Clean the maze with water before starting the trial and during the delay period to avoid interfering olfactory cues. An external tracking and recording systems such as the Noldus Ethovision XT can be used to record pigs’ behavior during the task.
Before the shaping procedure, habituate the subjects with the experimenter and the maze for 3 weeks.
Pretraining (Shaping procedure)
Close the passage to one arm of the Delayed Non-Match to Sample task maze in random order. Place each pig in the start box and open the guillotine door leading to the start arm. Let the subject explore the maze. As the subject reaches the goal criteria, provide it the food reward in the choice arm. Guide the subject back to the start box and provide food reward again in the start box. Perform 10 trials each day for two consecutive days. Repeat procedure for 2 days, 10 trials per day until the subjects learn to reach the start box themselves. In each trial, provide the reward only when the subjects return to the start box on their own.
DNMS Testing Procedure
Perform the procedure in two steps sample phase and test phase. In the sample phase, close one arm of the maze and let the pig enter the start box. Open the middle guillotine door and wait until the subject moves towards the open arm. When the subject chooses the correct arm and returns to the start box, reward it with the food.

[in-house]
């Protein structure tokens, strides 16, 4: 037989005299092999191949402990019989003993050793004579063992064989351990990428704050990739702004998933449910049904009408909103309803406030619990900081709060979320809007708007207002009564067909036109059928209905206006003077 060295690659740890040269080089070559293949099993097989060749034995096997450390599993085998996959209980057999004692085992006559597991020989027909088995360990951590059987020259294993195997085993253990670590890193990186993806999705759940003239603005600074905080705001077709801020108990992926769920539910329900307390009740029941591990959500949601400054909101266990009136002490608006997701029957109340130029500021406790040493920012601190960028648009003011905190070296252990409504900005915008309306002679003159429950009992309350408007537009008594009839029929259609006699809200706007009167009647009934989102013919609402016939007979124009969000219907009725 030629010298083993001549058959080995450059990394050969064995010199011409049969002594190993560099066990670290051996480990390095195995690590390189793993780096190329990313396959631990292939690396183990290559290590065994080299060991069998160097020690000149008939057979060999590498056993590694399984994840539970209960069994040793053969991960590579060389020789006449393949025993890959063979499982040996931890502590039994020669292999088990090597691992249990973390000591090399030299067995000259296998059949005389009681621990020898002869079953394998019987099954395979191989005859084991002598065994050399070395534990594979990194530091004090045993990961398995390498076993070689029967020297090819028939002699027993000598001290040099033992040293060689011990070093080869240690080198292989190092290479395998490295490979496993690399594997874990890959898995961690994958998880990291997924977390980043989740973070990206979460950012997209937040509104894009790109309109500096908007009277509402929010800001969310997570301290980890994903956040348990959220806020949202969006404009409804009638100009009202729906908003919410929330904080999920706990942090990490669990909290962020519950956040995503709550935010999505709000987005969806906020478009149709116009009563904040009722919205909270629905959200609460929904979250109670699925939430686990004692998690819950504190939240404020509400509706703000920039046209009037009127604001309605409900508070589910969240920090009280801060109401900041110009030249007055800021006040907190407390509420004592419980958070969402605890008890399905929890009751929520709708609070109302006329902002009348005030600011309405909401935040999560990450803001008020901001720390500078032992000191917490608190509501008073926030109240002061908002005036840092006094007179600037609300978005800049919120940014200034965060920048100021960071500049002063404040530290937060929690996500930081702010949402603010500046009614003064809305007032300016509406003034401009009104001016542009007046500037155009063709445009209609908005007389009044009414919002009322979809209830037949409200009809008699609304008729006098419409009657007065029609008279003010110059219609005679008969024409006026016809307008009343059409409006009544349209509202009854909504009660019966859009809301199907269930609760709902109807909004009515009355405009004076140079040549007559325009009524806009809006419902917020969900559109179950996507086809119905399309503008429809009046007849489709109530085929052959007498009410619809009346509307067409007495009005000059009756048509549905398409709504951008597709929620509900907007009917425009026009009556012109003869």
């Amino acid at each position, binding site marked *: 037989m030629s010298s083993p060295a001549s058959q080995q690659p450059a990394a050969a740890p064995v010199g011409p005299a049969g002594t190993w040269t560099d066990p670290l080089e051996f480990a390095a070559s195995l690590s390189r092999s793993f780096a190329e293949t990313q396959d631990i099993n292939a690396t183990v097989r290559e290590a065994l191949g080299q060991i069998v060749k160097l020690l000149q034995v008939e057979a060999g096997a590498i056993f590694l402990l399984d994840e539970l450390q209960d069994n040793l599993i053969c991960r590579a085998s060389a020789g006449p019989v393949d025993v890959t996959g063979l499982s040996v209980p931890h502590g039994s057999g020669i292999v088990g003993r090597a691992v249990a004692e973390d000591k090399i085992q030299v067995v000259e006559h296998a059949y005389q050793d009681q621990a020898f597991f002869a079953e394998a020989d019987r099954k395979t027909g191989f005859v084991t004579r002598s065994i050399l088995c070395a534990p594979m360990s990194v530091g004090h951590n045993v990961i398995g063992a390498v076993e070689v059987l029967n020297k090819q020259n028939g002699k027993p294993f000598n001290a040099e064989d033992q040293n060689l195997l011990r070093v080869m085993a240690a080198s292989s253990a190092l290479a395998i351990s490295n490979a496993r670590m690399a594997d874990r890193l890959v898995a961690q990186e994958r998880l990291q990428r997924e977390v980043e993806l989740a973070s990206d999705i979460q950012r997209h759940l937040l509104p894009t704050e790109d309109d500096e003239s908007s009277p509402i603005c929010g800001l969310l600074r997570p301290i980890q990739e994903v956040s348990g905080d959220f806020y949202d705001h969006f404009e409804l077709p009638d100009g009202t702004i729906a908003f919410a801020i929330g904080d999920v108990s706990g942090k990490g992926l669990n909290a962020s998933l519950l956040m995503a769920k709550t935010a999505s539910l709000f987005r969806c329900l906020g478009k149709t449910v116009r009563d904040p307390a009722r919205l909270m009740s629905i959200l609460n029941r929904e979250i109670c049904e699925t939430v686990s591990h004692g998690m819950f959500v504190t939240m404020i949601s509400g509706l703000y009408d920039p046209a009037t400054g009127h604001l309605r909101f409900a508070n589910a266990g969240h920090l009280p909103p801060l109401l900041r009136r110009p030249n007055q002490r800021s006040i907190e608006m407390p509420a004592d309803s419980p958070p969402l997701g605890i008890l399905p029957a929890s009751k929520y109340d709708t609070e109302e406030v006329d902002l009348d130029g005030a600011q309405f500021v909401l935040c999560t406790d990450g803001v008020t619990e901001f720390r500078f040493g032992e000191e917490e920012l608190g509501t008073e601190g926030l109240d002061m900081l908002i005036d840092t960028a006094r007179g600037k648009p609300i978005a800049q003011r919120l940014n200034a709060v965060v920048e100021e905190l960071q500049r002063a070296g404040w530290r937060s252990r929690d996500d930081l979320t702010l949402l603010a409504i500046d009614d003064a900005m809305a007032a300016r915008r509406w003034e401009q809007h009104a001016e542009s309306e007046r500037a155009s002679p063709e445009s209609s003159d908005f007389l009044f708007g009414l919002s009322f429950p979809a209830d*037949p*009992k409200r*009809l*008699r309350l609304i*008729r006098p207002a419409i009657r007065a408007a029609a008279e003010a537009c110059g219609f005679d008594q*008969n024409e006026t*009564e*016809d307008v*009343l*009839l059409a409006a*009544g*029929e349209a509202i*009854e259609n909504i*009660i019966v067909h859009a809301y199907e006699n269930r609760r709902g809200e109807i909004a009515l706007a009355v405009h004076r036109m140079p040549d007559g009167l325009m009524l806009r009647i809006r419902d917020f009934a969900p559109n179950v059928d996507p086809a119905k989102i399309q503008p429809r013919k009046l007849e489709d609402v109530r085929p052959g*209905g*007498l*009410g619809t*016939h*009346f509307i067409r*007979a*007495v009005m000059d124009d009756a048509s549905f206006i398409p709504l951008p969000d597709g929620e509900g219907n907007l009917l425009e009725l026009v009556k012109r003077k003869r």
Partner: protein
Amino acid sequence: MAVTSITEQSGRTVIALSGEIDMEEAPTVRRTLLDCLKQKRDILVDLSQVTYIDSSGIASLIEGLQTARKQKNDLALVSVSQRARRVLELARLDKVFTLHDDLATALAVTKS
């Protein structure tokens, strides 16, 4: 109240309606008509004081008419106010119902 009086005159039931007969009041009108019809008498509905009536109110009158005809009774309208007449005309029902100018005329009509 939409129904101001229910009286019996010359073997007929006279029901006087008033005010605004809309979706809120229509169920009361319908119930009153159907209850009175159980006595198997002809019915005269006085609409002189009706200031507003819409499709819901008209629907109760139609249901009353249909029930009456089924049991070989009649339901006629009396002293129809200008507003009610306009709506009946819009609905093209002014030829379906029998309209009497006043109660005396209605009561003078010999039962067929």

After a predetermined delay period begin the test phase. Keep both arms open and let each subject explore the maze for 180 seconds. Reward the subjects as they return to the start box after making the correct arm choice. Keep the pigs in the start box during the delay period or in their home pens for extended delay periods to reduce stress. Perform 5 consecutive trials on each group for 5 days.
Perform correction training for subjects that could not learn the DNMS task after a significant number of trials. Once the subject makes an incorrect choice during the test phase, force it to move back to the start box and repeat the procedure until it chooses the correct arm. Repeat the entire sample phase and test phase procedure for correction training. During correction trials, reward the subject only after it makes a correct choice during the test phase in the arm and the start box. Do not provide food reward for incorrect arm choices in the test phase or for entering the start box in the sample phase.
Evaluation of the effect of scopolamine on memory using DNMS task